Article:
Sourdough Bread in the Machine

A quick guide to sourdough baking in your machine. You’ll need to adjust for your own starter, flour, machine, environment… But I’ve got a lot of people started this way.

Your Starter
Keep your starter in the fridge, in a Tupperware container with a lid. The starter should usually only fill it about one third. Don’t worry about it, it isn’t a pet. You can neglect it for about two weeks without any repercussions and it will come back from almost anything. I’ve seen a starter black and fuzzy white with mould, it had the top scraped off and was refreshed. Fine and bubbly!

That said, mine does have a name!

To bake
Pull the starter out of the fridge and pop in on your scales. I keep approximately 300g as my basic amount- doubling your starter when you refresh is ideal. Set the scales to zero.

Add half strong white and half rye flour, then the combined weight again in water- to add up to the amount of refreshed starter you need in your recipe. The rye is important, it makes your starter happy.

For a basic white loaf you need 300g refreshed starter. So add to your starter container:
75g strong white flour
75g rye flour
150g water

Stir this in well, you now have a pot if refreshed starter. 300g will go into your bread, the rest will go back into your fridge. Scrape down the sides to keep it tidy and discourage mould.

Now get your bread machine pan and pop that on the scales. Reset the scales to zero between each addition… Add:

300g of refreshed starter
500g strong white flour (up to about 300g could be wholemeal, more than that and the loaf will be quite heavy)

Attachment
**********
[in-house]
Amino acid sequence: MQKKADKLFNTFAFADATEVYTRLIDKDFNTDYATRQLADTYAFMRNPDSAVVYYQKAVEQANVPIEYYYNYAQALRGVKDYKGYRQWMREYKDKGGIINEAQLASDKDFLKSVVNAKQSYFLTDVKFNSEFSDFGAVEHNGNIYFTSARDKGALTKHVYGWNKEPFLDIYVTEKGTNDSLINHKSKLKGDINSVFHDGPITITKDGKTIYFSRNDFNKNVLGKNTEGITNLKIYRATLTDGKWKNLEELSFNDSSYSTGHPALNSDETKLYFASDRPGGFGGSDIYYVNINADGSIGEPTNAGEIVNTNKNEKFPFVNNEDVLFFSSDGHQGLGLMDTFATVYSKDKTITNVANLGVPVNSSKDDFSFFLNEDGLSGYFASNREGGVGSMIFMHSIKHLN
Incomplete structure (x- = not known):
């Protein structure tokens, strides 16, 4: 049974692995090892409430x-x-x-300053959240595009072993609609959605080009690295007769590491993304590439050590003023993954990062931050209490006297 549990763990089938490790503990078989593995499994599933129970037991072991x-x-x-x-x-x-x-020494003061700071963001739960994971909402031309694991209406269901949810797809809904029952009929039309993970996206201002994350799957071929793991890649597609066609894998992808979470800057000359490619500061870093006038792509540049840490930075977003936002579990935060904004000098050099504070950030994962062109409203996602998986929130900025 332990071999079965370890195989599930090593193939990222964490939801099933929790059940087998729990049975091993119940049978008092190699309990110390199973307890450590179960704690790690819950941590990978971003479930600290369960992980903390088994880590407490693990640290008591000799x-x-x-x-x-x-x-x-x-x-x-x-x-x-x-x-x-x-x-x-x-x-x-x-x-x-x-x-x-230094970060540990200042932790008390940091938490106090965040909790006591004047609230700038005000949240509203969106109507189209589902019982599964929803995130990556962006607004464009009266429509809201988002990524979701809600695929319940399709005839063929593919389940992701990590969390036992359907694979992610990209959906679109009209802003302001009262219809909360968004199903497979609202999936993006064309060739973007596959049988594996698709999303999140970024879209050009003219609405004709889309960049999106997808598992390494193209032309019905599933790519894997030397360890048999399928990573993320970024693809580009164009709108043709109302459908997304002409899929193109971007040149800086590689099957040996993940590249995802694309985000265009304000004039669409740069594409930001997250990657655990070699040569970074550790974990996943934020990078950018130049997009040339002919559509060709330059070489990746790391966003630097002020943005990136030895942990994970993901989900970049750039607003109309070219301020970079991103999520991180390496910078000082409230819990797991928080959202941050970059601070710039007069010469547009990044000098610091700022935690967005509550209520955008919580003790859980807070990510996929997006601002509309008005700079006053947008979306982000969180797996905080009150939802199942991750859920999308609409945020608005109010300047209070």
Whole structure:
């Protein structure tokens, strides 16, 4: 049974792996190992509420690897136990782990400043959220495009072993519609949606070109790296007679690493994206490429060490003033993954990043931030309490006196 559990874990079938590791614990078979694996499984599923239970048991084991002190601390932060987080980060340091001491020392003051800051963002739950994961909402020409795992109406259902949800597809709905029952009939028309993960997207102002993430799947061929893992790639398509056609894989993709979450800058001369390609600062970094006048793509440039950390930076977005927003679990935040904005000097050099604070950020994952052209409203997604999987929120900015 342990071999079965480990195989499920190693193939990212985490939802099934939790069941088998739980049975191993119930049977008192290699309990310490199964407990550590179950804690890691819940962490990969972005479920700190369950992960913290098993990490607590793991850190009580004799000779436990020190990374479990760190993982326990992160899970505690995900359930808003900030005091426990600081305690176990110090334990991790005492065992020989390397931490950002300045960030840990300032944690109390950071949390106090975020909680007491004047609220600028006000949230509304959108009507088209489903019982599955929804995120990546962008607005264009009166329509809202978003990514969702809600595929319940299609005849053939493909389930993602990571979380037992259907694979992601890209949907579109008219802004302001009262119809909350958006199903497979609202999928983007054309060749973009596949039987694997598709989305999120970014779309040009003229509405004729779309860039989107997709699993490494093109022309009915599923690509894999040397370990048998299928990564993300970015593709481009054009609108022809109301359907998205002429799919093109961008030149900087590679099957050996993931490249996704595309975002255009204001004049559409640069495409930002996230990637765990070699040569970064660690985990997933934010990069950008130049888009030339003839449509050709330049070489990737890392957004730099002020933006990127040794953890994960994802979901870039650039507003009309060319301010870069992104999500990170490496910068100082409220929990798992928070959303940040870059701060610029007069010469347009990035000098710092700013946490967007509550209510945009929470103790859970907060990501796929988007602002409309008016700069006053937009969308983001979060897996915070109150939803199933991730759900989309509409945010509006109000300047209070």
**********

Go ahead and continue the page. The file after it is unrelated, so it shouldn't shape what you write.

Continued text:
250g water
Pinch of salt

Put the pan into your machine and set it to a four hour wait (or more for overnight) and a basic white bread cycle of about four hours. I sometimes use my machine’s wholemeal cycle if I’m using a lot of brown flour, but I’m not sure how much difference it makes.

Wait, remove from machine, cool on a rack, scoff.

Adjusting the recipe
Every starter, every flour, every environment, every machine is different.

If your loaf isn’t how you like it…

First try increasing the water by 50g. If that makes it worse then you’re still on to something! Decrease by 50g next!

If that doesn’t work try increasing the delay on your machine by half an hour…. If that makes it worse… You get the idea!

If you’re still not happy try refreshing your starter a few days in a row without baking (compost the excess), then try again starting with the basic recipe.

Then try a higher proportion of rye when you refresh, try organic flours, try keeping your starter in a warmer part of the fridge- or a cooler- or on the counter, try different brands of flour

Once you have a basic loaf recipe you are happy with you can play!

Try adding seeds, substituting part of the liquid for your favoured milk, adding a little oil, adding garlic or herbs…

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